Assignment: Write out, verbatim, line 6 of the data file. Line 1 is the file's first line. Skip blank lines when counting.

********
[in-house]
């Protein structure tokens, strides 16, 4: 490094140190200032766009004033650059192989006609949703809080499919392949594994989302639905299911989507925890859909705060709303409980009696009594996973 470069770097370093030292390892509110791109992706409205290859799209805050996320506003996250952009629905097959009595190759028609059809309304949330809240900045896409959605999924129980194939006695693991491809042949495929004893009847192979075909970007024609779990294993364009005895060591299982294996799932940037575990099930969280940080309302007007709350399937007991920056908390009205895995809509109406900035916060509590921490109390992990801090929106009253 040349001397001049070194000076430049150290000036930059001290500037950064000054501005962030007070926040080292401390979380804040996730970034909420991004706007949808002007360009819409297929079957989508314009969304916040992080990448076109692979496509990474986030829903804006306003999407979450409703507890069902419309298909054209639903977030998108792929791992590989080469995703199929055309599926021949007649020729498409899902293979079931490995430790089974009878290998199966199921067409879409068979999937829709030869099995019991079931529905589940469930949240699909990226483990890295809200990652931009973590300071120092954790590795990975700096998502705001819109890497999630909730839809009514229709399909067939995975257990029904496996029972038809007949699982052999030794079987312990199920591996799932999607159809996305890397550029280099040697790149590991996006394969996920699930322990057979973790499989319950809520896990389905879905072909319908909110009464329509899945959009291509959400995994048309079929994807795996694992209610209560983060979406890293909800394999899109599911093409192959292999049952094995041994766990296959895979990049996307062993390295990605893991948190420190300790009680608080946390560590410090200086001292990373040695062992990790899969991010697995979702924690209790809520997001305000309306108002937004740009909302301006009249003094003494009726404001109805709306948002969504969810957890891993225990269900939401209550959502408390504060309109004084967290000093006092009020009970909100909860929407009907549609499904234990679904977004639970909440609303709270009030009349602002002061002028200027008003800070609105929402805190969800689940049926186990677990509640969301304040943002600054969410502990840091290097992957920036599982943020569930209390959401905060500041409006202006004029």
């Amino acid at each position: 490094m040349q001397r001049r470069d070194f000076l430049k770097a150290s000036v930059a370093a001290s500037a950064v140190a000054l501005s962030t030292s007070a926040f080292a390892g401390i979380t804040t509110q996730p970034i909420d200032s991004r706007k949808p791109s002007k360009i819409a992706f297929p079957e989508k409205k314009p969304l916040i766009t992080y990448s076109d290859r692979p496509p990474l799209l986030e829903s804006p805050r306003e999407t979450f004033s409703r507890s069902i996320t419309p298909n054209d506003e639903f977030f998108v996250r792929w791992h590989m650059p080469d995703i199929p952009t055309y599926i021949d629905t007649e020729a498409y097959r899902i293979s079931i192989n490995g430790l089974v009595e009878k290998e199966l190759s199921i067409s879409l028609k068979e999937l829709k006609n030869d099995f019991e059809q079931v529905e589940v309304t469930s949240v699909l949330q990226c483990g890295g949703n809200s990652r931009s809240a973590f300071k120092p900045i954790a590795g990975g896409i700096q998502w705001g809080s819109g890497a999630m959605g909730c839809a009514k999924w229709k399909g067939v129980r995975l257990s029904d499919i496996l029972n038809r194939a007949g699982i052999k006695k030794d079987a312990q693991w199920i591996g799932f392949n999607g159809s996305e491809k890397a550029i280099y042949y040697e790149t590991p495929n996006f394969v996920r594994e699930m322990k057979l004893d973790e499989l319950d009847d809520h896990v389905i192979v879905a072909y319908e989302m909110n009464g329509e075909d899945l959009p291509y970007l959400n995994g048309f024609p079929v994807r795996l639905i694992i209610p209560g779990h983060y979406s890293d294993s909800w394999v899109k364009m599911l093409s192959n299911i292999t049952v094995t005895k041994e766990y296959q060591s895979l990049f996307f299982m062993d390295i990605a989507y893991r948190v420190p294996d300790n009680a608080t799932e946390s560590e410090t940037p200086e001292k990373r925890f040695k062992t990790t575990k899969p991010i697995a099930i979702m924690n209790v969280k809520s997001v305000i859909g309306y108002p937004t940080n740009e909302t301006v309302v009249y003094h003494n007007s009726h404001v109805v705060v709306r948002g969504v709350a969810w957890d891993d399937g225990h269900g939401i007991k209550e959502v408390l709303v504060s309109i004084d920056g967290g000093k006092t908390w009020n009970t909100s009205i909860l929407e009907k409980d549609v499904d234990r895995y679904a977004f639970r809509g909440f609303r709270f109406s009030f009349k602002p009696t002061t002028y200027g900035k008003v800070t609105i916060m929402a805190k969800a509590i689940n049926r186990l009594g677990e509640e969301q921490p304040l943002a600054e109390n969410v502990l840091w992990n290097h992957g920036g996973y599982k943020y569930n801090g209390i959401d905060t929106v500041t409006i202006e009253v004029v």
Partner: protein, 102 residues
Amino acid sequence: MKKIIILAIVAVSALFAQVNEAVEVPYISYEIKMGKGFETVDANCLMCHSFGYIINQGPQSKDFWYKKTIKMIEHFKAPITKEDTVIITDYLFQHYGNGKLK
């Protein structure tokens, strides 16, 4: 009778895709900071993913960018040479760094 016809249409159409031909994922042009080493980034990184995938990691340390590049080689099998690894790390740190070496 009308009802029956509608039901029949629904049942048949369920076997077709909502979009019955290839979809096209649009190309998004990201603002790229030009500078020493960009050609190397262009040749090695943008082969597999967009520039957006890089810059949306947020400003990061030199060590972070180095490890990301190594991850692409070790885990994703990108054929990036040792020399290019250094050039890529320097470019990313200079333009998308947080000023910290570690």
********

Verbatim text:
């Protein structure tokens, strides 16, 4: 009778895709900071993913960018040479760094 016809249409159409031909994922042009080493980034990184995938990691340390590049080689099998690894790390740190070496 009308009802029956509608039901029949629904049942048949369920076997077709909502979009019955290839979809096209649009190309998004990201603002790229030009500078020493960009050609190397262009040749090695943008082969597999967009520039957006890089810059949306947020400003990061030199060590972070180095490890990301190594991850692409070790885990994703990108054929990036040792020399290019250094050039890529320097470019990313200079333009998308947080000023910290570690």